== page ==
College Connection Fall 2016 - Page 6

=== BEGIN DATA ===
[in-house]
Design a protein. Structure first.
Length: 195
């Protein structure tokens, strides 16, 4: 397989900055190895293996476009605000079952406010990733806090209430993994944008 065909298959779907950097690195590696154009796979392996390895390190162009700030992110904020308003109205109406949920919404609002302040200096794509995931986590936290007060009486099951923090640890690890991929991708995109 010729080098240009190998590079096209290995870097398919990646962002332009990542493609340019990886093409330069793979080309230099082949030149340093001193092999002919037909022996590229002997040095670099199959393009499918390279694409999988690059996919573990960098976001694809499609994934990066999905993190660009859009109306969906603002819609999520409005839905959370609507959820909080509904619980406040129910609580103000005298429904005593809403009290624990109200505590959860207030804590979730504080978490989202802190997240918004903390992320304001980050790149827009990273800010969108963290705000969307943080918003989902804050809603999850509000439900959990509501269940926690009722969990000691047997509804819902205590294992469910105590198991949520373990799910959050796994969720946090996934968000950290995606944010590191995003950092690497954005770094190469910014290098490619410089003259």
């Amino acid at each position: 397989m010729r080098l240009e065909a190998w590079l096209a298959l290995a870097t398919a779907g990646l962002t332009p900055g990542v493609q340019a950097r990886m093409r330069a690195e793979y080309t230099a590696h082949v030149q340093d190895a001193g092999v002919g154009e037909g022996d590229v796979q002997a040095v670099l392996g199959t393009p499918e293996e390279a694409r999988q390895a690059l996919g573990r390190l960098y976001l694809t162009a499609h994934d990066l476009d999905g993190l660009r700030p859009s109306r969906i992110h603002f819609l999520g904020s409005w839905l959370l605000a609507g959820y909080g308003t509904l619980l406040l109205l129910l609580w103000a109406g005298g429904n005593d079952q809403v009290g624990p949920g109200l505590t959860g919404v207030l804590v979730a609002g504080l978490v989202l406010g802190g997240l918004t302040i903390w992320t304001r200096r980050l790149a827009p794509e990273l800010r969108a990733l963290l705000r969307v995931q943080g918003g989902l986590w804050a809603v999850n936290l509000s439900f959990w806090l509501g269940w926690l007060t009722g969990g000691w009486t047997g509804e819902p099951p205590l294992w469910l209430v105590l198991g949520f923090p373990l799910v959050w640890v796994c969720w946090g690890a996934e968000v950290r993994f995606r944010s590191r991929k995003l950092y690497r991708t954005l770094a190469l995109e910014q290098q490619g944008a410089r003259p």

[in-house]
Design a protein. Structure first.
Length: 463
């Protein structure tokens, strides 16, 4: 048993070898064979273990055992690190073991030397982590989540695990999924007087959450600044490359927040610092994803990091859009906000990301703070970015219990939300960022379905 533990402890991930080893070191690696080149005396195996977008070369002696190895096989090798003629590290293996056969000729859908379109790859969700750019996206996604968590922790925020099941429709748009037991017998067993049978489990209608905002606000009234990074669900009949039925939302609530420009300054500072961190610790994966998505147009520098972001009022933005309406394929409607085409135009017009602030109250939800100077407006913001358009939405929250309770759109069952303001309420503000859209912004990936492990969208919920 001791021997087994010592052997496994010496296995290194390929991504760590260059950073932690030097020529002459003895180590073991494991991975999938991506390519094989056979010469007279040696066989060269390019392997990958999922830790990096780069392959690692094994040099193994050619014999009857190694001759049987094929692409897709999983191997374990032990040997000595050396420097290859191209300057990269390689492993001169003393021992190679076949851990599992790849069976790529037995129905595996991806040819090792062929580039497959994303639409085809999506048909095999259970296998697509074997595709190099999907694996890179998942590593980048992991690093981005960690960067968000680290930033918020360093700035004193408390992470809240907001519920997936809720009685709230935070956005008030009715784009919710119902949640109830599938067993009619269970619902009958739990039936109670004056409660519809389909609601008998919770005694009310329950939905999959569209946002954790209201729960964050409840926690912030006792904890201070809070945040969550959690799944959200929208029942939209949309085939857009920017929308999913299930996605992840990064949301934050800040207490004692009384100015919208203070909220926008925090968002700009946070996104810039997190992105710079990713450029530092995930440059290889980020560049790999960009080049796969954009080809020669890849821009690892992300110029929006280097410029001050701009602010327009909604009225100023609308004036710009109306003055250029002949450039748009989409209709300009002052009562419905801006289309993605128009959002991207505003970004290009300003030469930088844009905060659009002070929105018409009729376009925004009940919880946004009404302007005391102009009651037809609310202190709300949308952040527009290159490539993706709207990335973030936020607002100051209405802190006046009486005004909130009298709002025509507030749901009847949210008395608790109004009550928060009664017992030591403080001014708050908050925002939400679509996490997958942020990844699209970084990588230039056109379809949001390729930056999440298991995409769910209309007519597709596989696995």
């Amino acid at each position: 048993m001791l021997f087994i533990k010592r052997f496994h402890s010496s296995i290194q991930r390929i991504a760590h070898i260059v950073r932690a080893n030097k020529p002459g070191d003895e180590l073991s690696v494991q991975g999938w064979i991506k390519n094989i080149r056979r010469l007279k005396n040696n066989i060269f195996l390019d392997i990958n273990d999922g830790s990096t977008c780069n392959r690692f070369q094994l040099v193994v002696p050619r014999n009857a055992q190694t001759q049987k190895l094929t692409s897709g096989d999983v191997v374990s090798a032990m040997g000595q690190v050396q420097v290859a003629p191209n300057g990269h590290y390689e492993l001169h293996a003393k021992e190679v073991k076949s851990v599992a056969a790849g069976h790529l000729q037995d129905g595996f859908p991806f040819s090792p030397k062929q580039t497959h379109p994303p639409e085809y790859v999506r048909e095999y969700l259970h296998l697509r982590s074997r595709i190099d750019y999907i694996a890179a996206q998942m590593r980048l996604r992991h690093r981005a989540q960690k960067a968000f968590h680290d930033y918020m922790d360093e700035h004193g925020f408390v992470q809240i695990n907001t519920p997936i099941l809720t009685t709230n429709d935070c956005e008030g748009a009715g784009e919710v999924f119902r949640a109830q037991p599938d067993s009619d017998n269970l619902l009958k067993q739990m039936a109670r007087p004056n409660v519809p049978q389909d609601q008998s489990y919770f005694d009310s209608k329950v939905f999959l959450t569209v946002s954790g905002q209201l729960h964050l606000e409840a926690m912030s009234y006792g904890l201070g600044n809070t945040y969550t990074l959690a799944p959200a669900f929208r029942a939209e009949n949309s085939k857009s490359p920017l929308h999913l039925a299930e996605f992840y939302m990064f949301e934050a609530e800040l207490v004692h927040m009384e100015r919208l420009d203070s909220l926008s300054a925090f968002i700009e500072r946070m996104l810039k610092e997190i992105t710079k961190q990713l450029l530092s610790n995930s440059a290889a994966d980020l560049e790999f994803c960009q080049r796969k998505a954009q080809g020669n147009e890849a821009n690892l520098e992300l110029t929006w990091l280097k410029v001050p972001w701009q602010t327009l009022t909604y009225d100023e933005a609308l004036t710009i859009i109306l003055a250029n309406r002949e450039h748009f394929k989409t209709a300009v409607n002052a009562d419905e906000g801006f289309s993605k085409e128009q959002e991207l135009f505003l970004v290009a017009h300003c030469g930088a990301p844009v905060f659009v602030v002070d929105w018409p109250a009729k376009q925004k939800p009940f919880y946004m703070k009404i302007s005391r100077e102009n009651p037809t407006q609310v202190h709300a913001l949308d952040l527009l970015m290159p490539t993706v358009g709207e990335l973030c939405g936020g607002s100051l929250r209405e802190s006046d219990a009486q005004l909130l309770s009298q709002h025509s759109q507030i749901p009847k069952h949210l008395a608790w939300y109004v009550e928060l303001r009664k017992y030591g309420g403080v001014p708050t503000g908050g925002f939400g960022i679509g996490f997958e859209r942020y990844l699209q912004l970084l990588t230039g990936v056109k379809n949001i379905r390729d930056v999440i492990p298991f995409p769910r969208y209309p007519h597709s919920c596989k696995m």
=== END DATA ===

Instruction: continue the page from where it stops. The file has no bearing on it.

college connection LEARNING IN PRACTICE Members of the veterinary profession have a responsibility to uphold standards to ensure the public has access to safe, quality veterinary care. When those standards are compromised, the College responds. Every veterinarian can learn from these situations and publishing the details of complaints received and resolved is intended to support that learning. The example below is taken from an actual case and is offered as a self-reflection tool to improve practice across the province. MEMBER GIVEN GUIDANCE ON MEDICAL RECORDS, STEROID USE CASE SUMMARY probable chronic renal disease. The client’s dog had been a regular patient and was seen for routine preventative health care, anal sac issues, and itchy skin. The member administered repeated corticosteroid injections. With each injection, the dog seemed to become more lethargic. In January, the member saw the dog for itchy skin and increasing lethargy. The member radiographed her chest and determined the dog was in early congestive heart failure. The member administered a corticosteroid, DepoMedrol, and a long-acting injectable antibiotic to address the itchy skin. The client alleged the member failed to discuss the side effects or the risks of the steroids; failed to perform appropriate tests when treating the dog with steroids; misdiagnosed the dog with a serious heart condition; and failed to make or keep proper medical records. Following this appointment, the client took the dog for a second opinion. Veterinarian A performed a physical examination, and repeated radiographs which revealed an enlarged liver, and mild enlargement of the heart with a bronchiolar pattern over the caudal, dorsal lung field, and an absent cardiac waist, but no fluid was seen. Blood was drawn for complete blood count, chemistry panel, thyroid levels, and a urinalysis was completed. Results were validated at an external laboratory, and it was determined multiple enzymes associated with the liver were elevated, notably the Alanine Transferase. This enzyme elevates as liver cells are damaged/dying. Pre and post prandial serum bile acids were also found to be elevated, indicating the liver was not working appropriately. Veterinarian A began treatment with antihistamines, S-AdenosylMethionine, vitamins, prescription diets and medicated shampoos. The dog was thought to have a steroid induced hepatopathy (liver disease resulting from chronic steroid use) so an internal medicine specialist performed a physical examination, abdominal ultrasound, and assessment on the dog. The findings were consistent with hepatopathy, enteropathy of the duodenum and cecum, probable chronic active pancreatic disease, and 6 / College Connection CASE CONSIDERATIONS The panel found it difficult to evaluate or support the member’s treatment decisions as the medical records lacked sufficient detail. Medicating the dog orally was difficult, which does complicate treatment. Additionally, the member recommended a food elimination trial, but the required time frame to determine success was never achieved. Neither of these factors warranted repeated, chronic doses of dexamethasone and Depo-Medrol, especially without educating the client on the implications of repeated steroid use. The panel found over three years, the dog received eight injections of dexamethasone either alone or with Depo-Medrol. There was one note in the medical record that the pros/ cons of steroid injection were discussed with the client. The panel did not believe this discussion included the side effects of steroids when used acutely or chronically, only the difference between oral and injectable steroids. With regard to the specific drugs and doses of dexamethasone and Depo-Medrol, the panel felt it important to elaborate on their use in this case. Depo-Medrol is a ‘long acting’ corticosteroid and the usual goal is to use as much as required and as little as possible for as short an amount of time as possible. Most of the time, the dog was administered 20mg at each dose. The panel agreed this dose was high, for the size of the dog, and repeated too often for safe use, given what appeared to be mild clinical signs. Given the number of times and length of time the dog received steroid injections or oral tablets, it would have been appropriate to recommend some form of monitoring of internal organ function. However, there was no documentation of any testing other than Heartworm/Tick testing as being performed, offered, or declined. With regard to the member’s diagnosis of early heart failure, the panel noted it may have been prudent for the member to consider recommending other diagnostics to support a diagnosis which is difficult to make on radiographic findings alone. The panel was also of the opinion the member’s medical records in this case failed to meet the requirements set out by the College with regard to record keeping. CASE OUTCOMES The Complaints Committee panel decided the allegations did not warrant a discipline hearing. The panel had concerns with the member’s use of cortiscosteroids without advising the client of potential side effects; the use of the injectable antibiotic Convenia; and the member’s failure to maintain a comprehensive medical record. The member agreed to participate in a Mutual Acknowledgement and Undertaking to improve performance in his practice. Through participation in the undertaking, the member established a protocol to ensure clients are informed about diseases, conditions or procedures. The undertaking included participation by the member and staff in the College’s medical records workshop and a peer review of eight medical records. As well, the membe r was mentored on specific standard of care issues related to the case and prepared a paper summarizing learnings.